From start to finish, the Bible proclaims the mighty power of Yahweh. When fierce enemies threatened to annihilate His chosen people, time and again Yahweh provided deliverance. In one of the most dramatic instances, Sennacherib's army had Jerusalem surrounded. It looked like Israel was doomed. But in response to Hezekiah's prayer, Yahweh delivered His people:

And that night the angel of the LORD went out and struck down 185,000 in the camp of the Assyrians. And when people arose early in the morning, behold, these were all dead bodies. Then Sennacherib king of Assyria departed and went home and lived at Nineveh. 2 Kings 19:35-36 ESV

Often throughout Scripture, Yahweh reminds His people of the obvious—that nothing is too difficult for Him (Gen. 18:14; Jer. 32:17, 27; Zech. 8:6; Matt. 19:26; Luke 1:37; Rom. 4:21). Our strength comes from our dependence on our union with Him:

Put on the whole armor of God, that you may be able to stand against the schemes of the devil. Ephesians 6:11 ESV

The words "of God" are genitives of origin, indicating that God provides the armor. Please keep that in mind. They were to put on the armor so they could "stand." "Stand" is a key word in this section. Paul repeats it in verses 11, 13, and 14. Also significant is the word "withstand" (6:13) which comes from a Greek compound word from the root, "to stand," meaning literally "to stand against." It's a military term for holding on to a position that is under attack. Believers, I believe that we are to hold our position; we are to stand theologically and morally against all attacks. And to stand we have to have on the armor of God.

Do you know where Paul was when he was writing this letter? Paul was in chains in a prison in Rome.

for which I am an ambassador in chains, that I may declare it boldly, as I ought to speak. Ephesians 6:20 ESV

So, he was chained. And he had standing before him and around him Roman soldiers. Many have suggested that Paul got the idea of putting on the full armor of God from the armor of the Roman soldier. That may be, but it also may be that he was thinking about Isaiah 11:5 which says of the Lord:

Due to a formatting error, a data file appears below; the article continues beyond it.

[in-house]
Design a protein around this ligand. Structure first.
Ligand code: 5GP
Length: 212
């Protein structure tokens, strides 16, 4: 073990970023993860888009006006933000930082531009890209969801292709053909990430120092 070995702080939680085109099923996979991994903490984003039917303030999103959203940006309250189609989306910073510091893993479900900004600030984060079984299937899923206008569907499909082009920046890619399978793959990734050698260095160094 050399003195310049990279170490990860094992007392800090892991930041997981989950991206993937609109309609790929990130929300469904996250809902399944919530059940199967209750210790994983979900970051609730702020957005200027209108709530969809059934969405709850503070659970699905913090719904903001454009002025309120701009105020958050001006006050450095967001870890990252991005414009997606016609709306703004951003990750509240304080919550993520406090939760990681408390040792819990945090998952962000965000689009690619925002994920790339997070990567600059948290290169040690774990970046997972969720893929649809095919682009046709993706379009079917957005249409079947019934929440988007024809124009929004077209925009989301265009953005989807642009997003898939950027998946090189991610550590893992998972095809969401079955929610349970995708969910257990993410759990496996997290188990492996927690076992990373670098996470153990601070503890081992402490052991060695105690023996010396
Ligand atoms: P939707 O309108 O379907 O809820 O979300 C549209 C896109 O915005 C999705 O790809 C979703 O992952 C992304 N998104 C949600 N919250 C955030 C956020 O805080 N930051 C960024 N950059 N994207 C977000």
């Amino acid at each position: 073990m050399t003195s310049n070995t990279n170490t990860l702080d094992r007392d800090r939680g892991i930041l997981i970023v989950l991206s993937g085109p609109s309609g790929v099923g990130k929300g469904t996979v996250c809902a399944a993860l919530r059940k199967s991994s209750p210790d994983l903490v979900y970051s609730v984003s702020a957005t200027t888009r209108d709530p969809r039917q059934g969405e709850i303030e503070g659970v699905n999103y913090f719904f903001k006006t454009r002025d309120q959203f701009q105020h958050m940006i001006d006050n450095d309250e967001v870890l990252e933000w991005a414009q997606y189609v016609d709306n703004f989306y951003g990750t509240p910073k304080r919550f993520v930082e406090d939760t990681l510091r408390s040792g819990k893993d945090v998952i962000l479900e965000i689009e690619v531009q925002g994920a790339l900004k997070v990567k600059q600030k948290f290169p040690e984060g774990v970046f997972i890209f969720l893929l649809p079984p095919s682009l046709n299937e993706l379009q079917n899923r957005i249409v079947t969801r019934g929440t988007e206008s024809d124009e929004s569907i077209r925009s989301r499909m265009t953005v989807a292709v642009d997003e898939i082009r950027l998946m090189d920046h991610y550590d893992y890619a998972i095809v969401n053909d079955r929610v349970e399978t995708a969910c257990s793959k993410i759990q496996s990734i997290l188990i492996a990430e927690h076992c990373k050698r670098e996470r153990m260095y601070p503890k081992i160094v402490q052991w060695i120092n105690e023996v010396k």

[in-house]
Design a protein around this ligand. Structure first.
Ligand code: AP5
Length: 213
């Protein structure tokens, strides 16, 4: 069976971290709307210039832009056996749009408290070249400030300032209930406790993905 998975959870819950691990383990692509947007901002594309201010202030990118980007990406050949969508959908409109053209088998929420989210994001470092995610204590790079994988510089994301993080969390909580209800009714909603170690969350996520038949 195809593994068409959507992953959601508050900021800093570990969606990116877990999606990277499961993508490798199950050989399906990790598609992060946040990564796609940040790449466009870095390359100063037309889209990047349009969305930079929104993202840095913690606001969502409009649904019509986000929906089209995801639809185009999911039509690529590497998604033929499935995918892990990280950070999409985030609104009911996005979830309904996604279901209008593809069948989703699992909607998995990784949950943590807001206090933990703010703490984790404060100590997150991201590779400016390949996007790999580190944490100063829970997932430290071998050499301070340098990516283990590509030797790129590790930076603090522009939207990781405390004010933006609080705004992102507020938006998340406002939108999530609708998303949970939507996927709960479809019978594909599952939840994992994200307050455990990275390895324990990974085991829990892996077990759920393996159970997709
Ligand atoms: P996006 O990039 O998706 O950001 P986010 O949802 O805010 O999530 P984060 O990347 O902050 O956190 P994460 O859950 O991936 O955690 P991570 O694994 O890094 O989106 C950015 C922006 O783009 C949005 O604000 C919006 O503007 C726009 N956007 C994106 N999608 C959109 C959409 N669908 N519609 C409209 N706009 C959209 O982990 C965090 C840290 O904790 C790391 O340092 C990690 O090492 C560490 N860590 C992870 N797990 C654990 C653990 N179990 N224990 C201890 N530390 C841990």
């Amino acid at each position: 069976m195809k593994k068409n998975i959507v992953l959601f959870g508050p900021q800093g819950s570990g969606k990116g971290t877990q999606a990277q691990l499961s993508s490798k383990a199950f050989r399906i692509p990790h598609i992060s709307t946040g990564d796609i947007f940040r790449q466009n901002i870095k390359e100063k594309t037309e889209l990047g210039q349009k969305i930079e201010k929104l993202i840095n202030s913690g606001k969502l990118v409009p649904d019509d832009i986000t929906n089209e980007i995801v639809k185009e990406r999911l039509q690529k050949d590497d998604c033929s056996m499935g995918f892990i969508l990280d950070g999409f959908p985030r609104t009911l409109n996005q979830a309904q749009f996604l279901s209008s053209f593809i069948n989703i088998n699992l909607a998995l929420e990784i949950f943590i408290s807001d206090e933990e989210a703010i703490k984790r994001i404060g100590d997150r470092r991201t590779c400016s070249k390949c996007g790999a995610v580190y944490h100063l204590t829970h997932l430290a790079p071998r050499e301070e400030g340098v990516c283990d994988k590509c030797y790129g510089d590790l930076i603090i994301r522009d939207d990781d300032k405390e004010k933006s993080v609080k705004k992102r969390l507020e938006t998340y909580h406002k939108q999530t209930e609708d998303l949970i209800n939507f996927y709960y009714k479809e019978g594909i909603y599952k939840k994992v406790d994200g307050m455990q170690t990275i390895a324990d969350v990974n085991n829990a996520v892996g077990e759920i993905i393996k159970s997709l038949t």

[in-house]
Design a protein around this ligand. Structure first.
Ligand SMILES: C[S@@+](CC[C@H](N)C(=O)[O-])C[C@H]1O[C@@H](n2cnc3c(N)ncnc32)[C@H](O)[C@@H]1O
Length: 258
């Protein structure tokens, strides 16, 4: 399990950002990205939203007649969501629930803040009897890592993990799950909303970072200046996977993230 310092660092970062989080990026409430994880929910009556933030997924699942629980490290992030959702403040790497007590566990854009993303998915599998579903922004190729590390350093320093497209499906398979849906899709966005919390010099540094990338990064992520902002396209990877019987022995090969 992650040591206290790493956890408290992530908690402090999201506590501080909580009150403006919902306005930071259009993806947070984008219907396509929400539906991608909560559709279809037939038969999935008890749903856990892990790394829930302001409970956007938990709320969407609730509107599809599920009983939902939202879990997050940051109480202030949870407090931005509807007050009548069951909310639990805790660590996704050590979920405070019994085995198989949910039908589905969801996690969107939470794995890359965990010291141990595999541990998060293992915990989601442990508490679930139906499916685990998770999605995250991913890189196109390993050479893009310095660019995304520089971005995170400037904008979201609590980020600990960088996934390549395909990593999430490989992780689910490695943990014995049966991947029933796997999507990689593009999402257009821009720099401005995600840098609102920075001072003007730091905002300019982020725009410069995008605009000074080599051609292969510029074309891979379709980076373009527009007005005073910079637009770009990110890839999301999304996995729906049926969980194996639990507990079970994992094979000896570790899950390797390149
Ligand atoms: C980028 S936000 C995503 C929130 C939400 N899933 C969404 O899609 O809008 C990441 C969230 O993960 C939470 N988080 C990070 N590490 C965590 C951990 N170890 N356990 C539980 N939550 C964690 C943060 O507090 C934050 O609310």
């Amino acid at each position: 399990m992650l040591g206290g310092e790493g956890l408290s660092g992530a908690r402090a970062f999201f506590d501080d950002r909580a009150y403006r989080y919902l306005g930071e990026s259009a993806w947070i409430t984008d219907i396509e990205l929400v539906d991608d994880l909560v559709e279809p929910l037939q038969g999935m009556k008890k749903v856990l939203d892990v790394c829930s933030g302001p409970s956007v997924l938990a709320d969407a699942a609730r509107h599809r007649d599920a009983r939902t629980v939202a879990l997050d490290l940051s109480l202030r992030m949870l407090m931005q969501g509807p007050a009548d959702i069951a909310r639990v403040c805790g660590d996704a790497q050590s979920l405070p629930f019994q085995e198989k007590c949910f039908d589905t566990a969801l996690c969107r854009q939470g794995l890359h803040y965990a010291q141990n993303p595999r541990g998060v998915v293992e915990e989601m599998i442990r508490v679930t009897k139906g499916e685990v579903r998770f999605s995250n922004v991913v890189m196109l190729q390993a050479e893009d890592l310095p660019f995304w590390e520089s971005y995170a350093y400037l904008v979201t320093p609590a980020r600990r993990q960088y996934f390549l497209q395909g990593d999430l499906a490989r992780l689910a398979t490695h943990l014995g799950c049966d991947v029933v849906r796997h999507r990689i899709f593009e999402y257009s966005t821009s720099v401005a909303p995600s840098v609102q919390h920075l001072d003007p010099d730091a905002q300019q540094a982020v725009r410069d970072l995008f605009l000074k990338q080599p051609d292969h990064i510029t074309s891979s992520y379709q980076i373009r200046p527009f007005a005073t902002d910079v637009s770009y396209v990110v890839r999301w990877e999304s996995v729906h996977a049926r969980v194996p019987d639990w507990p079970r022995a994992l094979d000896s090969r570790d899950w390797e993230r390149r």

Righteousness shall be the belt of his waist, and faithfulness the belt of his loins. Isaiah 11:5 ESV

Or Isaiah 49:

He made my mouth like a sharp sword; in the shadow of his hand he hid me; he made me a polished arrow; in his quiver he hid me away. And he said to me, “You are my servant, Israel, in whom I will be glorified.” Isaiah 49:2-3 ESV

Or Isaiah 59:

He put on righteousness as a breastplate, and a helmet of salvation on his head; he put on garments of vengeance for clothing, and wrapped himself in zeal as a cloak. Isaiah 59:17 ESV

What do these texts from Isaiah have in common? If you're familiar with Isaiah, you will recognize immediately that Isaiah 11 is the great chapter of the Messianic king, and how he's going to come and establish his kingdom. Isaiah 49 is one of the great servant of Yahweh songs. And Isaiah 59 is a Messianic chapter, having to do with Christ. All three passages, then, are passages that speak of the Lord Yeshua, the Christ as the warrior king of God.

The fact that Paul draws this description from the Old Covenant Messianic passages suggests that he's really thinking of Yeshua as the warrior. We are in Him, therefore, we have His strength, His power, and His authority in the trials of life as we trust in Him.

The armor is just a graphic way of saying what Paul says in Romans 13:

But put on the Lord Yeshua the Christ, and make no provision for the flesh, to gratify its desires. Romans 13:14 ESV

In other words, Christ Himself is our armor. He is the belt of truth.

Yeshua said to him, “I am the way, and the truth, and the life. No one comes to the Father except through me. John 14:6 ESV

He is our breastplate of righteousness.

For our sake he made him to be sin who knew no sin, so that in him we might become the righteousness of God. 2 Corinthians 5:21 ESV

He is the gospel of peace that we stand on.

But now in Christ Yeshua you who once were far off have been brought near by the blood of Christ. For he himself is our peace, who has made us both one and has broken down in his flesh the dividing wall of hostility.  Ephesians 2:13-14 ESV
And he came and preached peace to you who were far off and peace to those who were near. Ephesians 2:17 ESV

He is the shield of our faith.

looking to Yeshua, the founder and perfecter of our faith, who for the joy that was set before him endured the cross, despising the shame, and is seated at the right hand of the throne of God. Hebrews 12:2 ESV

He is our helmet of salvation:

he saved us, not because of works done by us in righteousness, but according to his own mercy, by the washing of regeneration and renewal of the Holy Spirit, whom he poured out on us richly through Yeshua the Christ our Savior, Titus 3:5-6 ESV

He is our sword, the Word of God.